Edited by Luka Riot
George screamed into the abyss in front of him. There was an echo, but it was very distant. There was no light; George could not even see his hands in front of his face.
He had no memory of how he ended up being in this place. He was not hurt, so he was not shoved violently down a hole. There was no noticeable smell, so he could not gather hints from that sense. There was only a faint breeze that seemed to come from everywhere.
It was like he was in total sensory isolation. He tried to scream again.
There was no response. He was alone.
George was not sure how long he had been in that place, but he was starting to get more and more panicked as time went on.
He did not even have a cell phone on him to check the time. He only guessed that he would not get signal in this place to use it for other reasons.
Suddenly, murmurs. Whispers and hushed voices seemed to be carried throughout the air around him.
“Hey!” George screamed. “Who’s there? Please notice me!”
He no longer cared where he was. He just wanted, or needed, to be noticed. He was alone: trapped in a void away from everything and everyone. A simple “hello” would raise his spirits high. He would then know that he was actually part of the reality around him.
George decided to do a body check, finally. He knew that his eyes, throat, and ears were all intact. He lifted what he was sure would have been an arm, and that felt right. Torso and legs seemed to be in a working order, of sorts. He was going off of feel. There was always a chance that he was impaled and just not feeling the pain for some reason.
The voices were getting louder. Regardless of how scared he was, at least he was warm. Kind of. He was actually more apathetic towards his body temperature, but he was convinced that was because he was a decent temperature.
Suddenly, everything happened.
A feeling of disorientation. There were no motion blurs or sudden visual jolts, just a feeling of complete disassociation with his body. He watched as his eyes opened, and was immediately blinded by the light. Then, figures stood all around him, looking down with faces of excitement and joy.
He was in a hospital. He had been stuck in his head, only mildly aware that there was a world around him. He could account for about an hour, voices made him aware that it had been weeks.
George was frightened. He hurt. His back and his head felt like they had been ripped open and sewn back together several times.
He was naked, but under several sheets. He was still having a hard time figuring out exactly who was around him, but he was sure there were at least five people above him. All the people-shaped outlines looming over his face. Drops of water caressed his brow.
Where was he? Where had he been? What happened to him just before he found himself in that cave?
Slowly, he put his hand on his head.
Slowly, he sat up in bed.
Slowly, he started to lose consciousness again.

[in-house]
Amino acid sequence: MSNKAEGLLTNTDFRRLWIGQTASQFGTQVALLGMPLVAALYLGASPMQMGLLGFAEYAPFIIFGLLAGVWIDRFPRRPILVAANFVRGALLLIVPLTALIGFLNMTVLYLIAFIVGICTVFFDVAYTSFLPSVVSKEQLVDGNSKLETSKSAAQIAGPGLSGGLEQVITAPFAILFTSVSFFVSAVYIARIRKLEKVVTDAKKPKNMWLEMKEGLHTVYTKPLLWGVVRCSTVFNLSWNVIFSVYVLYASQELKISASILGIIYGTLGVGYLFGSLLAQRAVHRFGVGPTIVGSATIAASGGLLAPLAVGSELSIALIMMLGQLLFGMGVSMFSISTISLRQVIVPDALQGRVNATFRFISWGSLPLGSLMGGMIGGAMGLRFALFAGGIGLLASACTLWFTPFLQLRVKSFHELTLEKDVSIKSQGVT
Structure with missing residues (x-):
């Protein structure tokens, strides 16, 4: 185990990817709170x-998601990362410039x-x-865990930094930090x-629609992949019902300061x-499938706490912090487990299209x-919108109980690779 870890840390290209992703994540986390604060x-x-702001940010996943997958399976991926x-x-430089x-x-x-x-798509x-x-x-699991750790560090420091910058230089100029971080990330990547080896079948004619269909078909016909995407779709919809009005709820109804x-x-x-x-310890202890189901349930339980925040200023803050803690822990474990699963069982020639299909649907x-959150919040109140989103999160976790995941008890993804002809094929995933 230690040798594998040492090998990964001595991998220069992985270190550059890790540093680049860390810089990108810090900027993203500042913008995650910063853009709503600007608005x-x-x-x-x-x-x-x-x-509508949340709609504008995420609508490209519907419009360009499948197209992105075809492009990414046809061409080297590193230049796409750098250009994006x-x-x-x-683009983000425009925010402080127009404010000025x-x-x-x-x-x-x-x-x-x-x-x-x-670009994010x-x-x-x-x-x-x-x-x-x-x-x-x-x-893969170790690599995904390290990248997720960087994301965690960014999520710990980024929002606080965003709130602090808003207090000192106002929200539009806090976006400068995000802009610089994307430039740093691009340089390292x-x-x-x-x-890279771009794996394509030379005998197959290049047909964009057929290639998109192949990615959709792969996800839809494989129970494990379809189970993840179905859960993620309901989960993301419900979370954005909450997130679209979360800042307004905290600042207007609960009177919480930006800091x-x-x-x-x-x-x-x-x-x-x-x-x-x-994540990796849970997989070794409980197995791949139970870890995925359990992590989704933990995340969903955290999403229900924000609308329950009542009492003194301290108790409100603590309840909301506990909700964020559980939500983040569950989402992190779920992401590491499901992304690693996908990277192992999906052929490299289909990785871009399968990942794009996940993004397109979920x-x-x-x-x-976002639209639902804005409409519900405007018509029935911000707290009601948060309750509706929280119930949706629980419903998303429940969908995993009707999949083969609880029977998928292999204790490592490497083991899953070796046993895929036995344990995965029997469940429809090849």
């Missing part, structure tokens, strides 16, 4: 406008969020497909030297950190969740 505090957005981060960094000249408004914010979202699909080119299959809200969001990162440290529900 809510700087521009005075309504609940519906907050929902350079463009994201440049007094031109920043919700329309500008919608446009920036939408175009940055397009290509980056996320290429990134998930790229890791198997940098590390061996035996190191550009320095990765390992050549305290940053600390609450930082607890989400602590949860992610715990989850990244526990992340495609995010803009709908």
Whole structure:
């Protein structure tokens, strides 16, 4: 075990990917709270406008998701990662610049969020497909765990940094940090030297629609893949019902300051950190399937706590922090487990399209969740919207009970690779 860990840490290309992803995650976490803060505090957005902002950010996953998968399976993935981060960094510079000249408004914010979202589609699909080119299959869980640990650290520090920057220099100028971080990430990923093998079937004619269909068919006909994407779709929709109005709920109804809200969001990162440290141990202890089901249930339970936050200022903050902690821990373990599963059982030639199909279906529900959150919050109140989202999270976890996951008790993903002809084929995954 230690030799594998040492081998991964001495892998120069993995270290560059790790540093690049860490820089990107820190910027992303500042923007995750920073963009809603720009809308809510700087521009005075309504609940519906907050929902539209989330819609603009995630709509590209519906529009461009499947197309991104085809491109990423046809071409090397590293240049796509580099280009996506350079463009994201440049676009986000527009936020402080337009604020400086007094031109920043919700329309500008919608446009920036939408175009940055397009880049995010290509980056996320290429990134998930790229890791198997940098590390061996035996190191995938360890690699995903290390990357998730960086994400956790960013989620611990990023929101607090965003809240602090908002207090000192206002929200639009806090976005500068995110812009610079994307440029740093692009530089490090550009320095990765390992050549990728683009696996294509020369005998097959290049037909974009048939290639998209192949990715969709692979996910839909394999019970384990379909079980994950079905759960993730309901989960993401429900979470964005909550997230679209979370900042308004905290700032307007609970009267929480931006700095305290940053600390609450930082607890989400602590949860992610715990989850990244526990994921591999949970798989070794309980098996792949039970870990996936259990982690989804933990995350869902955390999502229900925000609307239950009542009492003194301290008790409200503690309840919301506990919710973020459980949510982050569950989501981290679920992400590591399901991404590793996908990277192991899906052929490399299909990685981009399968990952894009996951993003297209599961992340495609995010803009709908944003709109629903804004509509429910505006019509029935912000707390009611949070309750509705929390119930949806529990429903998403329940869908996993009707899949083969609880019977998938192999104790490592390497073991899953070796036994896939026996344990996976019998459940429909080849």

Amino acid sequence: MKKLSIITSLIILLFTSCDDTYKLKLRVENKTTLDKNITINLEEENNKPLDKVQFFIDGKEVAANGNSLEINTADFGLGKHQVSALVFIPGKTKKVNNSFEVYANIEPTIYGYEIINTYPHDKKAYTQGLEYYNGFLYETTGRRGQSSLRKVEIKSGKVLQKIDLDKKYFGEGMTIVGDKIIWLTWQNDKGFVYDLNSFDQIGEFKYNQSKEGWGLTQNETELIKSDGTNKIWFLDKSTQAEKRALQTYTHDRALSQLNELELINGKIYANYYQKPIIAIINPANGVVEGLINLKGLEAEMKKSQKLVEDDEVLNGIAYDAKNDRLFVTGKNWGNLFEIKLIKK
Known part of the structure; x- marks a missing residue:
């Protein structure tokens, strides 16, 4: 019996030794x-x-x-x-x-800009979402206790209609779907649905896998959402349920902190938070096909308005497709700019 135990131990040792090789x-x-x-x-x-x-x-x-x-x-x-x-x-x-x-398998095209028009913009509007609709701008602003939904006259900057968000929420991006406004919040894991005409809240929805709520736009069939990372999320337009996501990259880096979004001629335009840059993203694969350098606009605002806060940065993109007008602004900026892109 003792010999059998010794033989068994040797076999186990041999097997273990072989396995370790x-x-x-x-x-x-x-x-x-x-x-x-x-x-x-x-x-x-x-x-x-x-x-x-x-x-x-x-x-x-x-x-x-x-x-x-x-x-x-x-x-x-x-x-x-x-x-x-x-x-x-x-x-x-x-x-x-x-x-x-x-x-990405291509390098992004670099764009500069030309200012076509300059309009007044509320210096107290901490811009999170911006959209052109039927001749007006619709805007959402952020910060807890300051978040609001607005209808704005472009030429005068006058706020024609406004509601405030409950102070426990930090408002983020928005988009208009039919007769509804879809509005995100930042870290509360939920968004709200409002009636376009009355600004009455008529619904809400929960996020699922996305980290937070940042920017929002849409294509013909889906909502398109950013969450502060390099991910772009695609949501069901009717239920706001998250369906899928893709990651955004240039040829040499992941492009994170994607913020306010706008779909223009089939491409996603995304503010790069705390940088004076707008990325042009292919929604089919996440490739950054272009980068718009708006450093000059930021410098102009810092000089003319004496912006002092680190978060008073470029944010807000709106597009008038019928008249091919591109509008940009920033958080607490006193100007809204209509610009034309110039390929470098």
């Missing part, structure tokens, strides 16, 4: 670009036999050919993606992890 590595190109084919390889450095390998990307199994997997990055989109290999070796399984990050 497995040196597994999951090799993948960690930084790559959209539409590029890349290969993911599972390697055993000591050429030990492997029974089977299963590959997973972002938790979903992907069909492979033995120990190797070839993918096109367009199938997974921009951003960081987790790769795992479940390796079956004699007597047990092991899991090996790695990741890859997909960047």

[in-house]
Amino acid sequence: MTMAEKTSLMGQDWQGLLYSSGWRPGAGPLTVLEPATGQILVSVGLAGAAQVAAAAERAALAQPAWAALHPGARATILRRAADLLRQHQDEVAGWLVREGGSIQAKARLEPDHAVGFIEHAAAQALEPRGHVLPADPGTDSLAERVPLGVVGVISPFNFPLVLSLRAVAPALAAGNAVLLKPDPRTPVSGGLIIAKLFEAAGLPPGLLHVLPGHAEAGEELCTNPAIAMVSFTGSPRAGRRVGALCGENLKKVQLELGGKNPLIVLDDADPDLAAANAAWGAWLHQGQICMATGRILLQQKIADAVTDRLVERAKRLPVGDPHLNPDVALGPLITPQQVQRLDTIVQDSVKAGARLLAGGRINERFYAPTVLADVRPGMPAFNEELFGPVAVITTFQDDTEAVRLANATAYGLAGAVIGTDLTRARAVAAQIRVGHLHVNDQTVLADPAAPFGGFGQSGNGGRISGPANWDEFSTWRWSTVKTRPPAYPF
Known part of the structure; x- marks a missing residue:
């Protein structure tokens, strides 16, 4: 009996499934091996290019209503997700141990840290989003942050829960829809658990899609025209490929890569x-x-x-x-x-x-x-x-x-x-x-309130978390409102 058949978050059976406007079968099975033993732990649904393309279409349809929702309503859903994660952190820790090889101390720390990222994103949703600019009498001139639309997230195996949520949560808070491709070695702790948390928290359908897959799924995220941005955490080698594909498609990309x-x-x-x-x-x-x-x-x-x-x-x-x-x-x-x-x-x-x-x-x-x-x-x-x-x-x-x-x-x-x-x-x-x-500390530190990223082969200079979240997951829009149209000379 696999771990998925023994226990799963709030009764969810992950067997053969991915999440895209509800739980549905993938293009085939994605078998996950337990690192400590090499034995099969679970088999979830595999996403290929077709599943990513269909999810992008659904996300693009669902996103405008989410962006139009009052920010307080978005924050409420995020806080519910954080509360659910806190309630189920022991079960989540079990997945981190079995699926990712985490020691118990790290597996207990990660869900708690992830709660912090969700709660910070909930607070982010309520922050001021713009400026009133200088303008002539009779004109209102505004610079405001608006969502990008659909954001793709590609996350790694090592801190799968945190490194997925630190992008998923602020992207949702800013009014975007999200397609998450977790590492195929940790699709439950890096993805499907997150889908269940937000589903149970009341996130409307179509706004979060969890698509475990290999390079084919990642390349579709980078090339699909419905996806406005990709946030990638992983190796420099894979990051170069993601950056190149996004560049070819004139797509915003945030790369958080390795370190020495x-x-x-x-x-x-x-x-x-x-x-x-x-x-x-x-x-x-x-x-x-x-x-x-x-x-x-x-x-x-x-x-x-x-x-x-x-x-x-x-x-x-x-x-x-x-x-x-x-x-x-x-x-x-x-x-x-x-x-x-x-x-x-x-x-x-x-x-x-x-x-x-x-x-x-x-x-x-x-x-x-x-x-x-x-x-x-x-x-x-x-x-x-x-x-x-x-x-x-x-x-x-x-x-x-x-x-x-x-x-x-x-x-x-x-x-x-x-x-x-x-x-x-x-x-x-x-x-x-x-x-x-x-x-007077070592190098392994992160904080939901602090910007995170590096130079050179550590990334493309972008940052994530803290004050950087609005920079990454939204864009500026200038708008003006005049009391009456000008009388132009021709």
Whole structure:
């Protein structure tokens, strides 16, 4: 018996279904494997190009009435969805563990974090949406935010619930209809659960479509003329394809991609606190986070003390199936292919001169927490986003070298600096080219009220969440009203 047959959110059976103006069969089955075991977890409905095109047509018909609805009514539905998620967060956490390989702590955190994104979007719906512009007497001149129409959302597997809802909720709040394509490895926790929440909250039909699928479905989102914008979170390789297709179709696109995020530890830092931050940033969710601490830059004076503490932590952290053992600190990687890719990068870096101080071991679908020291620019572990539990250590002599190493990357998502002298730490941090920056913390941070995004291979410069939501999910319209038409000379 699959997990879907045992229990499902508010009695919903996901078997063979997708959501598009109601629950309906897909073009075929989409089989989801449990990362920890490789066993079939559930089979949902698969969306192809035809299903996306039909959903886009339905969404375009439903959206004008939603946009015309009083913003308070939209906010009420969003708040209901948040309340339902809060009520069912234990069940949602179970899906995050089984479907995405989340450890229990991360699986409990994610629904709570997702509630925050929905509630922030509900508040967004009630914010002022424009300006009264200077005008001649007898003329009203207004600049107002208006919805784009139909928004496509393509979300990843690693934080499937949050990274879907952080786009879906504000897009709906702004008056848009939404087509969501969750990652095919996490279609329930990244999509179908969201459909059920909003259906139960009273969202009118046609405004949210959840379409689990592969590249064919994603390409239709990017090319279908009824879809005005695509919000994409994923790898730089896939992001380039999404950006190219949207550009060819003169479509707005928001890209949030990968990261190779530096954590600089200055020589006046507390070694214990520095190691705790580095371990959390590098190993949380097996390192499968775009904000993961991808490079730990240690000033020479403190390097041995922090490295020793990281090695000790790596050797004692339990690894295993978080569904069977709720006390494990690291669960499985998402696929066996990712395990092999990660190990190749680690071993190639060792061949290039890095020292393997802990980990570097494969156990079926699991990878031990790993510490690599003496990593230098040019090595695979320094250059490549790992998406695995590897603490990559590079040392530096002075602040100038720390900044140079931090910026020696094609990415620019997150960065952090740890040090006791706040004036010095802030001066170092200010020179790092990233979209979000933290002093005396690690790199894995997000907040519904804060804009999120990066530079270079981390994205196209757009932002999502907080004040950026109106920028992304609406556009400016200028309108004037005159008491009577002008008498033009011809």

Quickly, the shadows of people ran to his aid. Quickly, a code blue was announced overhead. Quickly, he stopped feeling any sort of discomfort.
Another figure was added to the pantheon. This figure was carrying two rectangular shapes in their hands. The figure slammed their might into George, forcing the two shapes into his chest. There was a loud sound, and George felt a surge flow into his chest.
Everything then came to focus. His vision, his hearing, and his breathing all coalesced into what would be described as normal. The figures were no longer just that, they were doctors, nurses, and friends. Sadly, George saw no family in the group. That is when he started to figure out what happened.
He had fallen over in pain almost a month ago. His chest was tight, and the pain caused him to lose conciseness. He could only assume, but he felt confident in assuming that it was a heart attack. He did not dare to assume what caused it, however certain he might think that he is.
The rectangles were defibrillators. His heart had started to palpitate again, and they were used to put everything back on an appropriate rhythm. George started to wonder who or what dictated “appropriate” but was also sure that now was not the time to ask those around him.
Now, George was back. Finally, he was back. He expected an onslaught of questions, but none were asked before everyone had left the room. Now, he was left alone with just one of the figures from earlier. Now, he could tell that it was a doctor. She was probably the doctor who had been with him since moment one.
His chest still hurt, and there was a distinct smell of burnt flesh and hair in the air. Probably due to the event that saved his life. Again.
George wondered if he had ever been pronounced dead during this whole ordeal. He had died once as a younger man: he had been struck by a car and doctors were very unsure if he would pull through. To say that he would get to the age of 30 would just be irresponsible of the medical community, but to say that he had no chance was just as arrogant. To dismiss the abilities of everyone who was trying to save his life the first time was naive. George and his family took great pride in him walking out of the hospital that day.
Even George, through his clouded judgement and uncertainty as to what exactly is going on, was not sure if today would have the same outcome as before. At least that time he still had his wits about him. He could feel himself forgetting his family, friends, and sense of self.